December 20 2016
The Sony a6500 features improved image quality, autofocus speed and a faster frame rate for still photography.
Sony did not increase the megapixel count of the a6500’s sensor, leaving it 24 megapixels. This still makes it equal or better than anything in the APS-C class. There is a price to pay for increasing megapixels, noisier photographs and slower frames per second shooting. Then there is the increased file size placing greater demands on memory cards and computer storage. Sony’s decision to provide better image quality instead is the right one in my opinion.
Autofocus is another area of significant development with 425 phase detect points built into the image sensor, unlike the separate AF sensor array used in DSLRs. This is part of Sony’s Fast Hybrid AF system that combines high-speed phase detection AF with extremely accurate contrast AF system to capture and lock on to moving subjects in as little as 0.05 seconds.
Sony added 5-axis image stabilisation to the a6500, the first time this system has been used in a Sony APS-C sensor camera. This gives a shutter speed advantage of approximately 5 stops. Combined with the ability to use higher ISO settings, extending the lower limit of light conditions practical for photographing while hand holding the a6500.
“We are continuing to push the boundaries of modern innovation in digital imaging, in particular within the mirrorless space,” said Neal Manowitz, Vice President of Digital Imaging at Sony Electronics. “By equipping the a6500 with 5-axis image stabilisation and touchscreen AF, we’re offering photographers and videographers more control than ever before and a seemingly endless amount of creative possibilities. As our flagship APS-C camera, it far exceeds the performance threshold of any camera in its class, and many above its class as well.”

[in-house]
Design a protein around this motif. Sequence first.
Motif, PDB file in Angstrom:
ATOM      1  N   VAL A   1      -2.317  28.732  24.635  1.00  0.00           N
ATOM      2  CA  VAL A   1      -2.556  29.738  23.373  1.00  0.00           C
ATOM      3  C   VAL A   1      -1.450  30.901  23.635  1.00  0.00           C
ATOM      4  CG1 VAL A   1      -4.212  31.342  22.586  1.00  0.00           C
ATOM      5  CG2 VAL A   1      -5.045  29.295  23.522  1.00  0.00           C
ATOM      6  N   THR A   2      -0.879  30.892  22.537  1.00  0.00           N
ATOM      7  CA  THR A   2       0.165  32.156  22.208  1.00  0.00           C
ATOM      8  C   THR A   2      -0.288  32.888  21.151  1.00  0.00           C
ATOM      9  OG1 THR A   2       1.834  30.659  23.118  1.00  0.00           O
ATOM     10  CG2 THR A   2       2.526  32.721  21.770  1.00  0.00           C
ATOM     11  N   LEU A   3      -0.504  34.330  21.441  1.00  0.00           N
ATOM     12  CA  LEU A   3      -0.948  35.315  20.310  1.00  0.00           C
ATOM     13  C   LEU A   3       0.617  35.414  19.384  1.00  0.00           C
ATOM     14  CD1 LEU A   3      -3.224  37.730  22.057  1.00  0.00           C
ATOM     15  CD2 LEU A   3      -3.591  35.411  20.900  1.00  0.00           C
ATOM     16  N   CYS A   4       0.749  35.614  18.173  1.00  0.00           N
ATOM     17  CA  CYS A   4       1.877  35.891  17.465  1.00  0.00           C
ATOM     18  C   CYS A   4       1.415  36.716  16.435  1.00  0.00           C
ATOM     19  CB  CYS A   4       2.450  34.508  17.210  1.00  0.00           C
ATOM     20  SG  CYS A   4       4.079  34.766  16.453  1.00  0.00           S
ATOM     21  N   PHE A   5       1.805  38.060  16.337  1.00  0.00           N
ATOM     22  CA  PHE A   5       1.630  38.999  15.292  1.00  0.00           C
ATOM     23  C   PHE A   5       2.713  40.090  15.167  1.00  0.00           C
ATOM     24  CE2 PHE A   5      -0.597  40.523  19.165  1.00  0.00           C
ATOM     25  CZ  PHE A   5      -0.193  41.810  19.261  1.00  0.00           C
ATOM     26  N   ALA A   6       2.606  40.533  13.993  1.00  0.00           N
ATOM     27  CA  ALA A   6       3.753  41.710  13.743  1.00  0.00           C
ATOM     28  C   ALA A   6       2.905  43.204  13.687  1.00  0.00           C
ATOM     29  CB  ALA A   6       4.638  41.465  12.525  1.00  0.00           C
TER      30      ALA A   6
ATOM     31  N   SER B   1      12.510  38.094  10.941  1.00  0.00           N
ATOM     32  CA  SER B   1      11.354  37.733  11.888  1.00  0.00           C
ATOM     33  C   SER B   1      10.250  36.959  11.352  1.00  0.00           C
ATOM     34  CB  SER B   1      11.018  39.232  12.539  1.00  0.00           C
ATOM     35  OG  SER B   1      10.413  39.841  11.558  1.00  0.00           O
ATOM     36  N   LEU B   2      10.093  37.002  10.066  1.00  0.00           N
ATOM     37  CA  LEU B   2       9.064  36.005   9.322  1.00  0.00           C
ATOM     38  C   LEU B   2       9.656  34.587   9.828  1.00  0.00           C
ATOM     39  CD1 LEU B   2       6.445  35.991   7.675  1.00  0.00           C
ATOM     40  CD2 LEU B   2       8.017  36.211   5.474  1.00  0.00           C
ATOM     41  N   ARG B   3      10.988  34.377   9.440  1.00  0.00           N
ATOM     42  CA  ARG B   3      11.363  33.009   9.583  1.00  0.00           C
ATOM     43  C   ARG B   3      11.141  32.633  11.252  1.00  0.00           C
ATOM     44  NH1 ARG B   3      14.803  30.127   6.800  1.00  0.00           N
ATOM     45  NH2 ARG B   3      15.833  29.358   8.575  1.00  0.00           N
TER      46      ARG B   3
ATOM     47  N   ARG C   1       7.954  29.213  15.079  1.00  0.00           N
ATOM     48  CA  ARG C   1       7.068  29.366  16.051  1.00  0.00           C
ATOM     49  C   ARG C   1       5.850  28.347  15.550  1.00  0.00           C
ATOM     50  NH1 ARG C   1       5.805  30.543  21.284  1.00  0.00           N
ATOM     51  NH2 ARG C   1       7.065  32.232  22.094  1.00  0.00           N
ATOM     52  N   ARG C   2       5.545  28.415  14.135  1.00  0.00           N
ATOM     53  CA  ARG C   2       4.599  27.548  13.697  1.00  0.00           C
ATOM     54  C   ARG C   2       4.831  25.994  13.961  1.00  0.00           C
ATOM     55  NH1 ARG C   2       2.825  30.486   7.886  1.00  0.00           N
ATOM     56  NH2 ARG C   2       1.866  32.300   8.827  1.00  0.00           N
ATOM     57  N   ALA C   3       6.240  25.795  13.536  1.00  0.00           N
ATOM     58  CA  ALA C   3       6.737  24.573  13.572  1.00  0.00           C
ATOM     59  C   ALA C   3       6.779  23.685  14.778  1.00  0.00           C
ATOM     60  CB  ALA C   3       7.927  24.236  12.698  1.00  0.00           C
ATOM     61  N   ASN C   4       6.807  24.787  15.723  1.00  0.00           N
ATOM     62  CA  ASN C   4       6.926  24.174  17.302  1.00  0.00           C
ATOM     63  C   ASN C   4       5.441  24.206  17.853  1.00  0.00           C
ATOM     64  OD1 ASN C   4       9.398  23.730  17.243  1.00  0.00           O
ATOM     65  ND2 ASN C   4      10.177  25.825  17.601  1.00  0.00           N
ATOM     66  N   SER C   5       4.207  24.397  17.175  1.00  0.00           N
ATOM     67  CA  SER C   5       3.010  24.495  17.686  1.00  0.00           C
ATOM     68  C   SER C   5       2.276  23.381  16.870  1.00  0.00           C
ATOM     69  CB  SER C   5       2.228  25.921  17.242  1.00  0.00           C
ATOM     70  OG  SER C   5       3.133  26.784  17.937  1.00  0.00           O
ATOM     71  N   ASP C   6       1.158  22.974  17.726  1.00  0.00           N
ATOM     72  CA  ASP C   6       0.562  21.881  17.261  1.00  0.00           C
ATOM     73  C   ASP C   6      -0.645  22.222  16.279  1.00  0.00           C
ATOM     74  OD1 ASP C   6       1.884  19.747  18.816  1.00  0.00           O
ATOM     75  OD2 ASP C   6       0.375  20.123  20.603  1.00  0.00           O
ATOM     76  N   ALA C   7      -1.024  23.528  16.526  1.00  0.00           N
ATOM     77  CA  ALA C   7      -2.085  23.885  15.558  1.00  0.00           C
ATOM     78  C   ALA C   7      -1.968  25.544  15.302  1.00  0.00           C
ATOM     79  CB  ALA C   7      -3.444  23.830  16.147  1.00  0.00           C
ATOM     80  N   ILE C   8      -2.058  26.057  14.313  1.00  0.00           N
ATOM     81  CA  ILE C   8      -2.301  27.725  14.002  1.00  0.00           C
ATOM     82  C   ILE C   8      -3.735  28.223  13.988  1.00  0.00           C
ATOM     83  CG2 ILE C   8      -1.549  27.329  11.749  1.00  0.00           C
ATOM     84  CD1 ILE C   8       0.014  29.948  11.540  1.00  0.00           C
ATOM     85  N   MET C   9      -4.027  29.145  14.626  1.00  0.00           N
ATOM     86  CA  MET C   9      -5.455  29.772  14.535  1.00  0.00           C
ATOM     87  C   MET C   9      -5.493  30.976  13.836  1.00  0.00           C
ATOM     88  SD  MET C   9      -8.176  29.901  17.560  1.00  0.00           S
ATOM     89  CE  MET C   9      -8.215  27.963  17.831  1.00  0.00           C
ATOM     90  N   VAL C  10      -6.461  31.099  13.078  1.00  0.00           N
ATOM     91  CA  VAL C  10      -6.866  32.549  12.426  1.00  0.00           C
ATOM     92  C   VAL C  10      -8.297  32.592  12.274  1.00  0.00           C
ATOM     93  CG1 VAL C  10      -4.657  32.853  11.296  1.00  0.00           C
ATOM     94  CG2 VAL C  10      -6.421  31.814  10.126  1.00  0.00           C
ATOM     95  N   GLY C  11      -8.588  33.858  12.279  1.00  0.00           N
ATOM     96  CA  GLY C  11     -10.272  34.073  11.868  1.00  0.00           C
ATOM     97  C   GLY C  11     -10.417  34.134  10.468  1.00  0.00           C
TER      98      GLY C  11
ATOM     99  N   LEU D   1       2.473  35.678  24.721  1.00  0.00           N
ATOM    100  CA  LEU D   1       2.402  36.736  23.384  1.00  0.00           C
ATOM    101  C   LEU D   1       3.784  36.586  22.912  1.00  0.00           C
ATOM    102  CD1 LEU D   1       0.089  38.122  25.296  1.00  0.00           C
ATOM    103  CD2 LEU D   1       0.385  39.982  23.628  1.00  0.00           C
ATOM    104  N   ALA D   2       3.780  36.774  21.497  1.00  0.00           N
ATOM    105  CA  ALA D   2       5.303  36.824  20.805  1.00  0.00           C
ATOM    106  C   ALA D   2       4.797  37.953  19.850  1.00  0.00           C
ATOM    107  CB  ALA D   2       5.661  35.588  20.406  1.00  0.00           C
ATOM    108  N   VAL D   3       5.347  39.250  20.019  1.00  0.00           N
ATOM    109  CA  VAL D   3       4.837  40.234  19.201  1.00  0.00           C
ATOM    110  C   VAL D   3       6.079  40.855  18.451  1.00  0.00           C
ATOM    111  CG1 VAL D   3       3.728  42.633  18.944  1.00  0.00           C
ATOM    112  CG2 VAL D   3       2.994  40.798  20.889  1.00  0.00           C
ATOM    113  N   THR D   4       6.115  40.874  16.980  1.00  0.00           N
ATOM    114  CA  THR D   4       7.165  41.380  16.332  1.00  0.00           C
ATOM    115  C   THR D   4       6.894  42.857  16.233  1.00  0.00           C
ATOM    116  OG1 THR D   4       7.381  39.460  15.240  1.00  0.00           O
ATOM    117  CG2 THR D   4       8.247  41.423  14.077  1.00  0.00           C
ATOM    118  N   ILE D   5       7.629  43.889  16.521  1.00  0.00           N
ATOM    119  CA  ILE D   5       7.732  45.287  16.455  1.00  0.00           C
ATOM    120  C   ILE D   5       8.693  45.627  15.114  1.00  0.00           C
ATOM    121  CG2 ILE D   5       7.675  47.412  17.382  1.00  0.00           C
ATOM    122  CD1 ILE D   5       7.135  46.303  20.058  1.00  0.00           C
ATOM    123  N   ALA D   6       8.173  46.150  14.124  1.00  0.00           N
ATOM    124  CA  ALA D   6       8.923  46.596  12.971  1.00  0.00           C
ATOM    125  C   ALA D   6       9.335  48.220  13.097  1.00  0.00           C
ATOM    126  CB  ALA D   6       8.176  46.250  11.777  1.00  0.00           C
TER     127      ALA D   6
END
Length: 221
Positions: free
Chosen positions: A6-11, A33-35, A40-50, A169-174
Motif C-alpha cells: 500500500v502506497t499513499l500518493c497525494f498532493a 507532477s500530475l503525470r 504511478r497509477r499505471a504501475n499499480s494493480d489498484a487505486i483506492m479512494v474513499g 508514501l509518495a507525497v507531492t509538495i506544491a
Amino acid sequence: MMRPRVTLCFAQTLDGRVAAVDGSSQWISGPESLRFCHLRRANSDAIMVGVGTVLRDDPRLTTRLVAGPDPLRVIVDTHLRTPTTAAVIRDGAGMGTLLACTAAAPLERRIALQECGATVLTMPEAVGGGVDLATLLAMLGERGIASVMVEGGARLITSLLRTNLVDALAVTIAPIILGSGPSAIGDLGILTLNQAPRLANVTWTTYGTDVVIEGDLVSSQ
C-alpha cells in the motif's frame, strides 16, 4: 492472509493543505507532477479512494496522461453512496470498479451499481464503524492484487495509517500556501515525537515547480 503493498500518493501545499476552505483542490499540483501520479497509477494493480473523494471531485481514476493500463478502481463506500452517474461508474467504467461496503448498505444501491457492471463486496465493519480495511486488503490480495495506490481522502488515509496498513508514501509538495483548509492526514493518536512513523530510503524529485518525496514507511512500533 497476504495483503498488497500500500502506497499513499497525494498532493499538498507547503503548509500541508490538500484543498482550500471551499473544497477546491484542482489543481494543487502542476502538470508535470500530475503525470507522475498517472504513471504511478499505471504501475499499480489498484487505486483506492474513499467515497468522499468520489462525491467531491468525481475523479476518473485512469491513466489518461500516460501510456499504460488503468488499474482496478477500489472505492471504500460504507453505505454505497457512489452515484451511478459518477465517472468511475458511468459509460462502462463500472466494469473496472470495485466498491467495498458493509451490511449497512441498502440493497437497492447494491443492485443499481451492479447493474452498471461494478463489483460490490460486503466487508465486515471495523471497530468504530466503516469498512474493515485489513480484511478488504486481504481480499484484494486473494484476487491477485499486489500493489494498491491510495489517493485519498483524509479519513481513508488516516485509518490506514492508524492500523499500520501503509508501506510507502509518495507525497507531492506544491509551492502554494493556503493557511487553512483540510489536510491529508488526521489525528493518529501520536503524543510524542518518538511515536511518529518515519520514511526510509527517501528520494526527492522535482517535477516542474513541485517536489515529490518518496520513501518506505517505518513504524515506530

Comparing the Sony a6500 with top small sensor DSLRs from Nikon and Canon in the DxOMark.com lab reveals the Sony more than holds its own.
In the DxOMark noise test the a6500 matches the Nikon D7200 and has slightly less digital noise in images than the Canon 80D.
The DxOMark colour sensitivity test is about capturing subtle differences in colour in the image. Here the Sony ?6500 show excellent performance for this class of sensor.
To go with the fast AF the a6500 has continuous shooting capability of 11 frames per second, with a buffer capable of storing 307 images that are waiting to be written to the memory card.
Additionally, in a first for Sony cameras, the ?6500 features touchpad functionality. When utilising the viewfinder for framing and shooting, the LCD screen can be used as a touch pad. Simply drag a finger across the screen to shift the focus point from one area to another.
The positioning of the electronic viewfinder is interesting. It is minimalist rather than obvious, as in the new Canon M5, and in a similar position to the classic film rangefinder style of camera. However, as it shows the view through the lens there is no parallax error that was a characteristic of the rangefinder optical system.
The Sony a6500 uses E-mount lenses that have a different diameter to the A mount lenses for their DSLRs. The E mount lenses are more compact then the A mounts intended for DSLRs. It is possible to use the A mount lens on Sony mirrorless cameras but it does require an adaptor.
The Sony a6500 is a more than capable compact APS-C digital camera with all the capabilities of and image quality of a DSLR in a more compact body.
Available now from Adorama for $US1,398.00